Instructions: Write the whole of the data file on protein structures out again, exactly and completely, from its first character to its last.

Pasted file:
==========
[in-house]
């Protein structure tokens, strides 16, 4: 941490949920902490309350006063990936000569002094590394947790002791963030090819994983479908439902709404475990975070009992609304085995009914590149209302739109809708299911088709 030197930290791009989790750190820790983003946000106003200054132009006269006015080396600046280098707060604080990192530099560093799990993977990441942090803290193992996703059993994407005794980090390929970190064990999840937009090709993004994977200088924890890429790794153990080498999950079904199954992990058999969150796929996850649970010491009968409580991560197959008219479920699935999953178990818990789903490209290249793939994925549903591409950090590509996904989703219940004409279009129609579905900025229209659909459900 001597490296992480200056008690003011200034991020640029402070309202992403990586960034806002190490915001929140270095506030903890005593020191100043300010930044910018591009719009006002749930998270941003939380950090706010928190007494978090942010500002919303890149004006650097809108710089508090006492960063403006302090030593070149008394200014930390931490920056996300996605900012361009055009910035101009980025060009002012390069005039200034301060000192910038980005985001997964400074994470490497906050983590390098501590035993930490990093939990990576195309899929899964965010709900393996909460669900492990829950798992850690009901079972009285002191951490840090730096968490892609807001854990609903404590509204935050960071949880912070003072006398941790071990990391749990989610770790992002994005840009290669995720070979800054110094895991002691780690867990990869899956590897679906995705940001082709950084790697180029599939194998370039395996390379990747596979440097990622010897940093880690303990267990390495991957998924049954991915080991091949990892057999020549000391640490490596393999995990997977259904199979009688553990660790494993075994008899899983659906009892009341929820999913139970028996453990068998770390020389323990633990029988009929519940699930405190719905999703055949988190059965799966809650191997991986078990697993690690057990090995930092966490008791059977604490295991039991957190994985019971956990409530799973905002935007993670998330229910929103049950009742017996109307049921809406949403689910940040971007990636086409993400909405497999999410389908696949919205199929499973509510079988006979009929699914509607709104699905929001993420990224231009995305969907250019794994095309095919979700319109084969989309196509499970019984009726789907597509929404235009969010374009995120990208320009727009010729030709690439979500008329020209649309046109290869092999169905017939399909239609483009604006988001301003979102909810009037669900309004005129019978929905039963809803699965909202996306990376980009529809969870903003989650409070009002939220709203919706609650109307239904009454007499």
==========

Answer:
[in-house]
């Protein structure tokens, strides 16, 4: 941490949920902490309350006063990936000569002094590394947790002791963030090819994983479908439902709404475990975070009992609304085995009914590149209302739109809708299911088709 030197930290791009989790750190820790983003946000106003200054132009006269006015080396600046280098707060604080990192530099560093799990993977990441942090803290193992996703059993994407005794980090390929970190064990999840937009090709993004994977200088924890890429790794153990080498999950079904199954992990058999969150796929996850649970010491009968409580991560197959008219479920699935999953178990818990789903490209290249793939994925549903591409950090590509996904989703219940004409279009129609579905900025229209659909459900 001597490296992480200056008690003011200034991020640029402070309202992403990586960034806002190490915001929140270095506030903890005593020191100043300010930044910018591009719009006002749930998270941003939380950090706010928190007494978090942010500002919303890149004006650097809108710089508090006492960063403006302090030593070149008394200014930390931490920056996300996605900012361009055009910035101009980025060009002012390069005039200034301060000192910038980005985001997964400074994470490497906050983590390098501590035993930490990093939990990576195309899929899964965010709900393996909460669900492990829950798992850690009901079972009285002191951490840090730096968490892609807001854990609903404590509204935050960071949880912070003072006398941790071990990391749990989610770790992002994005840009290669995720070979800054110094895991002691780690867990990869899956590897679906995705940001082709950084790697180029599939194998370039395996390379990747596979440097990622010897940093880690303990267990390495991957998924049954991915080991091949990892057999020549000391640490490596393999995990997977259904199979009688553990660790494993075994008899899983659906009892009341929820999913139970028996453990068998770390020389323990633990029988009929519940699930405190719905999703055949988190059965799966809650191997991986078990697993690690057990090995930092966490008791059977604490295991039991957190994985019971956990409530799973905002935007993670998330229910929103049950009742017996109307049921809406949403689910940040971007990636086409993400909405497999999410389908696949919205199929499973509510079988006979009929699914509607709104699905929001993420990224231009995305969907250019794994095309095919979700319109084969989309196509499970019984009726789907597509929404235009969010374009995120990208320009727009010729030709690439979500008329020209649309046109290869092999169905017939399909239609483009604006988001301003979102909810009037669900309004005129019978929905039963809803699965909202996306990376980009529809969870903003989650409070009002939220709203919706609650109307239904009454007499």